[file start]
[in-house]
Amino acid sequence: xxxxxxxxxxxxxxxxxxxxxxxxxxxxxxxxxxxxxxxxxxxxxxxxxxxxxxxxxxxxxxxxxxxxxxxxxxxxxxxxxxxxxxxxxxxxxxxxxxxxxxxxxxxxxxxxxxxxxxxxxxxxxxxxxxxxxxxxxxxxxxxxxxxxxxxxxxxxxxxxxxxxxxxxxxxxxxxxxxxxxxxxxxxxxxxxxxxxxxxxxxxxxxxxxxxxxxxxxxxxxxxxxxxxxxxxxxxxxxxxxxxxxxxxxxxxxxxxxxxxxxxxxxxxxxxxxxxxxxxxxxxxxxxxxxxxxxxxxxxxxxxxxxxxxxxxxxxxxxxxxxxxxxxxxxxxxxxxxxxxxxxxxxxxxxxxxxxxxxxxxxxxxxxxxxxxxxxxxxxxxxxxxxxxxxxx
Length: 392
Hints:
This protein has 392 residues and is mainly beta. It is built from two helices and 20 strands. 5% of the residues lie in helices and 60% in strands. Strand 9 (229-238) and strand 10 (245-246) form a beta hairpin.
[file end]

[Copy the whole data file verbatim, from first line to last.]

[in-house]
Amino acid sequence: xxxxxxxxxxxxxxxxxxxxxxxxxxxxxxxxxxxxxxxxxxxxxxxxxxxxxxxxxxxxxxxxxxxxxxxxxxxxxxxxxxxxxxxxxxxxxxxxxxxxxxxxxxxxxxxxxxxxxxxxxxxxxxxxxxxxxxxxxxxxxxxxxxxxxxxxxxxxxxxxxxxxxxxxxxxxxxxxxxxxxxxxxxxxxxxxxxxxxxxxxxxxxxxxxxxxxxxxxxxxxxxxxxxxxxxxxxxxxxxxxxxxxxxxxxxxxxxxxxxxxxxxxxxxxxxxxxxxxxxxxxxxxxxxxxxxxxxxxxxxxxxxxxxxxxxxxxxxxxxxxxxxxxxxxxxxxxxxxxxxxxxxxxxxxxxxxxxxxxxxxxxxxxxxxxxxxxxxxxxxxxxxxxxxxxxx
Length: 392
Hints:
This protein has 392 residues and is mainly beta. It is built from two helices and 20 strands. 5% of the residues lie in helices and 60% in strands. Strand 9 (229-238) and strand 10 (245-246) form a beta hairpin.